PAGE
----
Families and Holidays – How to Navigate.

While holidays and family get togethers, virtual or in real life, can be very joyful, may have treasured rituals and traditions, and bring people together from their busy lives, they can also be pitfalls for potential hurt.

Have realistic expectations
As refreshing as it would be if your father didn’t criticize your outfit this year, or your mother didn’t mention your weight, they probably will. Don’t expect people to change when they have behaved in the same way for years. Having expectations can lead to feelings of upset.

Keep potentially upsetting topics off-limits
Politics and religion are obvious, but people also bring up sensitive subjects without thinking about how they might affect others. “Are you ever going to get married?” Or “ when are you going to have a baby?” may seem harmless, but more likely than not, it will strike a nerve. Plan to keep conversation conflict-free by avoiding potentially sensitive topics, or simply ask what’s new and take it from there.

Set your emotions aside. Except empathy.
Put your emotions aside when talking to older family members about racism or current policy/events – remember that you are changing the worldview they have been surviving by. Without them, we would not be having the discussion.

Relatives who rehash old arguments or bring up past mistakes.
Unfortunately, there’s something about families coming together around the holidays that sometimes seems to make people eager to bring up old hurts, arguments, and mistakes. Try to move to another topic, but if they continue, you can firmly say, “I’m not talking about that, there are so many things to talk about.“

Become a Participant Observer
Psychologists use a research technique called participant observation, meaning that they join groups of people in order to watch and report on whatever those people do. Observe family members as if you’re collecting data for a research study. Almost any group activity is interesting when you’re planning to describe it later as an observer.
Accept that the only thing you can control is your reaction
You can’t stop people from bringing up controversial or hurtful subjects or asking rude questions, but you can monitor and modify your own reactions. No one can force you to engage in a negative conversation.

Don’t drink too much
If you drink alcohol, do so in moderation. Some people become aggressive or argumentative when they’ve had too much to drink. Avoid people who have had too much to drink, and don’t engage in arguments.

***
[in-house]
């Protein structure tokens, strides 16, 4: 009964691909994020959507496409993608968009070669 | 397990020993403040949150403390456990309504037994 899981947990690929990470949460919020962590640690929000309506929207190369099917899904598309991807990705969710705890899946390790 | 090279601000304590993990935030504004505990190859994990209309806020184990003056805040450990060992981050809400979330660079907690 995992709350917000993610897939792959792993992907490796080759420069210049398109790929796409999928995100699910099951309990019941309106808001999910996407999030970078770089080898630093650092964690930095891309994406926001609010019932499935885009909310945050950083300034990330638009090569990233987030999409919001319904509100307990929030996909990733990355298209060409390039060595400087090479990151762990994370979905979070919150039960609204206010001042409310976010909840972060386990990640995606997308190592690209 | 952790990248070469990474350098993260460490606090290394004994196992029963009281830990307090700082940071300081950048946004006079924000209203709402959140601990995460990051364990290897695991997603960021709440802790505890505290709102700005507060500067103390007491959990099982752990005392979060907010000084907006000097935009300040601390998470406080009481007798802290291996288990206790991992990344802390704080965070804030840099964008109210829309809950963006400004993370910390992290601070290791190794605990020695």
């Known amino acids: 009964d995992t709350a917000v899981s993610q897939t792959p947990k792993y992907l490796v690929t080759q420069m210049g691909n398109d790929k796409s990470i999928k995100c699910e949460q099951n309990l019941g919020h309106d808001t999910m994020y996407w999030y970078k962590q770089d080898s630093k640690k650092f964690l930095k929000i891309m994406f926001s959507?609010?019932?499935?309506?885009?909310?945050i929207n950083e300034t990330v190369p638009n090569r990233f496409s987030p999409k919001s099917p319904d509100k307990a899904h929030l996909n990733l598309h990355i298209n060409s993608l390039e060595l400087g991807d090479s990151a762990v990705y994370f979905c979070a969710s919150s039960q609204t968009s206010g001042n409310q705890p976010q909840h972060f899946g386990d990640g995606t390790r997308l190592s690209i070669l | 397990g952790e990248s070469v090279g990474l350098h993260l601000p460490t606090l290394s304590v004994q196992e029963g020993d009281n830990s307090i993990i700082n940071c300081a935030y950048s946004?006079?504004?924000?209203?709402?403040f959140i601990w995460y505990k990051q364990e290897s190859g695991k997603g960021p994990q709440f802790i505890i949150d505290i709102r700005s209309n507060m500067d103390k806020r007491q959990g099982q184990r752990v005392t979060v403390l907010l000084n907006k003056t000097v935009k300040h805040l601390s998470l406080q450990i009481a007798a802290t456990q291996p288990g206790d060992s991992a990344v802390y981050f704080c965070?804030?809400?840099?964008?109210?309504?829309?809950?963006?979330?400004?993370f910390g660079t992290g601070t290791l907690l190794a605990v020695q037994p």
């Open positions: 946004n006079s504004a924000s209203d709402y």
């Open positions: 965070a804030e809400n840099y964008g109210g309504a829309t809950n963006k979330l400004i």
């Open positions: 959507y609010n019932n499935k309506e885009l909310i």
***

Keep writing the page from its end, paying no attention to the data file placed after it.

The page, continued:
Be active
It’s difficult to be drawn into an argument when engrossed in an activity that requires concentration, physical activity, or laughter. Play a game, go for a walk, or watch an engrossing holiday movie.

Practice gratitude
Take a time-out and think about all you have to be grateful for: a delicious meal, a warm home, good health, a close friend, your sweet companion animals, or a sunny day. Anxiety can be diminished by focusing on the things we enjoy and value.

Bring or have a happy reminder
Looking at a favorite photograph, a funny or encouraging text from a friend, or anything else that makes you smile can go a long way toward relieving stress.

Take a deep breath, or ten
Can’t physically leave a stressful situation? You can always focus on your breathing. Take ten slow, deep breaths, focusing on breathing in and out. Deep belly breathing has been shown to be a powerful stress reliever.

Debrief
It’s helpful to follow up on family events by debriefing with someone you love. If your brother really “gets” you, call him after a family dinner you’ve both survived. If you don’t trust anyone who shares a shred of your DNA, report to a friend or therapist. When you are able to discuss hurtful, awkward, or just plain awful exchanges with another person who loves and accepts you, it helps to take the sting out.

Embolden Psychology
Embolden

Embolden offers the ADOS-2, the gold standard assessment for kids on the spectrum.

Combined with psychoeducational testing, it helps provide comprehensive information and recommendations to help children and teens six and up.

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